Clash with GOP may boost elections candidate

Revelations about Rick Barron’s recent travails in Texas make him a better pick to lead Fulton County’s troubled elections office, not a worse one, say several elections board members who chose him.

Although they weren’t aware that a small-town election held on his watch had to be redone because of a mistake, board members are urging the Fulton County Commission to hire him as the county’s new Registration and Elections director.

The error was made by a poll manager appointed by the Williamson County, Texas, Republican Party, not Barron, said elections board member Stan Matarazzo. Political parties play a larger role in Texas’ elections operations than they do in Georgia.

Barron has been elections administrator in the affluent Austin suburb for the past six years. He had to defend his job in January when the local GOP tried to have him fired — mostly because during the November election he and three law enforcement officers booted a Republican-appointed poll manager accused of berating a county employee.

At another precinct in Jarrell, Texas, a rookie poll manager handed out more than 100 wrong ballots to voters in November, and a school board race came down to three votes. The losing candidate sued, and a judge ordered a new election.

“Now that we know about it, it wouldn’t change my vote,” Matarazzo said, explaining that most candidates they considered during an eight-month search had controversy in their background. “There’s just nobody that has a clean slate, and it’s partly because of politics.”

Commission Chairman John Eaves, a Democrat, said Friday that Barron has his vote, though it will take at least three more votes to make his hiring official. Barron’s run-in with Republicans may boost his chances with a panel where Democrats have a 5-2 majority.

“If you’re making them mad, you must be doing something right,” said elections board member Leslie Small, a Democratic appointee.

Fulton’s elections board did a poor job of verifying the resume of its last director, Sam Westmoreland.

The next director must turn around a department that has struggled to run smooth elections, deal with multiple pending investigations by the Georgia Secretary of State’s Office and conduct November municipal elections under intense public scrutiny.

Westmoreland, a former elections board member, had no prior experience managing an elections office, and an investigation by The Atlanta Journal-Constitution found he fudged parts of his work history, claiming he had experience supervising large staffs. An independent consultant’s report attributed subsequent election mishaps to his poor managerial decisions.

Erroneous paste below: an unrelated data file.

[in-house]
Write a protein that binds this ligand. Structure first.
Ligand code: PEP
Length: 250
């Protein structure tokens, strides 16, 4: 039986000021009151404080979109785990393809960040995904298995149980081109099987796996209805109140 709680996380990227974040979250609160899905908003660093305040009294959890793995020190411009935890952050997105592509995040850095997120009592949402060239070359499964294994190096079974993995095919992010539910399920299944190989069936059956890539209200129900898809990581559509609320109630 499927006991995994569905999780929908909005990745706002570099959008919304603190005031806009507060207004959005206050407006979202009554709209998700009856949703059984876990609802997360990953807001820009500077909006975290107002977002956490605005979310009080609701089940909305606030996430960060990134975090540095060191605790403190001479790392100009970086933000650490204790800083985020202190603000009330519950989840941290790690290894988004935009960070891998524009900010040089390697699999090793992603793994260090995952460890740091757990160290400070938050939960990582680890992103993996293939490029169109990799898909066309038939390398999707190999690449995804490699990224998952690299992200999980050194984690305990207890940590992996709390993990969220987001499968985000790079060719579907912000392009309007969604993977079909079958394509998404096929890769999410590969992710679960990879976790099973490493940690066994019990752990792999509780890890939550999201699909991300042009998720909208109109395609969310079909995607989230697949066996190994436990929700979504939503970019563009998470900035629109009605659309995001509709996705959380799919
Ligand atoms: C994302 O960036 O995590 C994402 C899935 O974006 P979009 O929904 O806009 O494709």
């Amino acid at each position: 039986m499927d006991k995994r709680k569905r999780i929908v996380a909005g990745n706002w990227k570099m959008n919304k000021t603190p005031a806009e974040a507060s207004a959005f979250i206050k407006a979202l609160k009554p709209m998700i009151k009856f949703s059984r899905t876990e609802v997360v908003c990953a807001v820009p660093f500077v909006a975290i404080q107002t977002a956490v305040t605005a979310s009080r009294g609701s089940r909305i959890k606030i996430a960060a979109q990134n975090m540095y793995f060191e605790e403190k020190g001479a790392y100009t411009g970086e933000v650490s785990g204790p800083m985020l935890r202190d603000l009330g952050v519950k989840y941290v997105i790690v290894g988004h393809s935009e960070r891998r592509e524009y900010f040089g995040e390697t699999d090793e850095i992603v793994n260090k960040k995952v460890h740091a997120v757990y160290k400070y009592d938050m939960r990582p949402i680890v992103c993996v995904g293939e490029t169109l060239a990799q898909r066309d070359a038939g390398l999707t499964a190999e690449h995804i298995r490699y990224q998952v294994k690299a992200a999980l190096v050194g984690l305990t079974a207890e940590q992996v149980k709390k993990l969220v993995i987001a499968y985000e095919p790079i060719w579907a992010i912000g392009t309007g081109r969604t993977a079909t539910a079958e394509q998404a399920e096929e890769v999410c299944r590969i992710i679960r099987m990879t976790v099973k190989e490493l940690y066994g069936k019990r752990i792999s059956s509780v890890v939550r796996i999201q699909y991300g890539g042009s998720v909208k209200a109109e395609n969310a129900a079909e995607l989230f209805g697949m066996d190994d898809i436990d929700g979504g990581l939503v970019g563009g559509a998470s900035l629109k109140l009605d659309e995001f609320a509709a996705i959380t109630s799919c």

The elections office also failed to delve deeply into his arrest record, and Westmoreland wound up resigning in September while incarcerated for failing to follow sentencing terms from two prescription drug-related DUI cases.

Board members — three out of five of whom are new and were not involved in hiring Westmoreland — insist they were thorough this time.

Matarazzo, a Republican appointee who was involved last time, conceded that the board may not have asked all of the right questions or called enough people in Texas to find out about the Jarrell problem.

But if the commission votes Barron down, Matarazzo said, it could throw the board into a tailspin, forcing it to start over and threatening the county’s ability to conduct smooth elections this year, including the Atlanta mayor’s race.

Eaves, the County Commission chairman, called Barron “battleground tested” and said he sees no reason to buck the election board’s recommendation. Democratic South Fulton Commissioner Bill Edwards said he’ll look into what occurred in Williamson County before deciding, but he puts no stock in allegations made by Republicans.

Barron, who considers himself politically neutral, said he thought the elections board knew the Jarrell election was being done over, though it didn’t come up in his interview. He said he has run 30 successful elections in Williamson County, making major changes in procedures and equipment.

“When I first arrived here, I think there was an imbalance in how things were done,” he said. “All I’ve done is balance it out, and it has angered the party in power.”

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